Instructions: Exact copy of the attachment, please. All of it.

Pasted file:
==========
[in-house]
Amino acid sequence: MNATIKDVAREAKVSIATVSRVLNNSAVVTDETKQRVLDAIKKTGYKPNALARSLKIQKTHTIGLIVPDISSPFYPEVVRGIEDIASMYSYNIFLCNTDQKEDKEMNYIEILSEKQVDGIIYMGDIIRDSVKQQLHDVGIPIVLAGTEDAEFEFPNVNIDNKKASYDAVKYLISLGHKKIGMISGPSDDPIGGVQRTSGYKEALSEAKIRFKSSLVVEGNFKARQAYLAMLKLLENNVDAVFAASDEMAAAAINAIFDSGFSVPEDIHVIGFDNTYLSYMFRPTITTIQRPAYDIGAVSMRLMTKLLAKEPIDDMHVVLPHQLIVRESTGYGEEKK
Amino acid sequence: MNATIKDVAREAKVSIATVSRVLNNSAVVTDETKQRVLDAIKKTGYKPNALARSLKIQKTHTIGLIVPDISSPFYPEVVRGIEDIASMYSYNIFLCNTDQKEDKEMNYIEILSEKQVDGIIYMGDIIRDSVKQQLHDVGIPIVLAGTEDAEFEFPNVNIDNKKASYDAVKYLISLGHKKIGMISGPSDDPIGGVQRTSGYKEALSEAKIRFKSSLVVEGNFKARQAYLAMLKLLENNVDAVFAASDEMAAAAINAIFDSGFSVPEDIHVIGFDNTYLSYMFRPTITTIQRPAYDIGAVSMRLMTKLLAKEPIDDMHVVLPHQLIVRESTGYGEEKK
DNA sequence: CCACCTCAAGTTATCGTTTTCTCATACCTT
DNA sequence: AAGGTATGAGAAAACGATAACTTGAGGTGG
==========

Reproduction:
[in-house]
Amino acid sequence: MNATIKDVAREAKVSIATVSRVLNNSAVVTDETKQRVLDAIKKTGYKPNALARSLKIQKTHTIGLIVPDISSPFYPEVVRGIEDIASMYSYNIFLCNTDQKEDKEMNYIEILSEKQVDGIIYMGDIIRDSVKQQLHDVGIPIVLAGTEDAEFEFPNVNIDNKKASYDAVKYLISLGHKKIGMISGPSDDPIGGVQRTSGYKEALSEAKIRFKSSLVVEGNFKARQAYLAMLKLLENNVDAVFAASDEMAAAAINAIFDSGFSVPEDIHVIGFDNTYLSYMFRPTITTIQRPAYDIGAVSMRLMTKLLAKEPIDDMHVVLPHQLIVRESTGYGEEKK
Amino acid sequence: MNATIKDVAREAKVSIATVSRVLNNSAVVTDETKQRVLDAIKKTGYKPNALARSLKIQKTHTIGLIVPDISSPFYPEVVRGIEDIASMYSYNIFLCNTDQKEDKEMNYIEILSEKQVDGIIYMGDIIRDSVKQQLHDVGIPIVLAGTEDAEFEFPNVNIDNKKASYDAVKYLISLGHKKIGMISGPSDDPIGGVQRTSGYKEALSEAKIRFKSSLVVEGNFKARQAYLAMLKLLENNVDAVFAASDEMAAAAINAIFDSGFSVPEDIHVIGFDNTYLSYMFRPTITTIQRPAYDIGAVSMRLMTKLLAKEPIDDMHVVLPHQLIVRESTGYGEEKK
DNA sequence: CCACCTCAAGTTATCGTTTTCTCATACCTT
DNA sequence: AAGGTATGAGAAAACGATAACTTGAGGTGG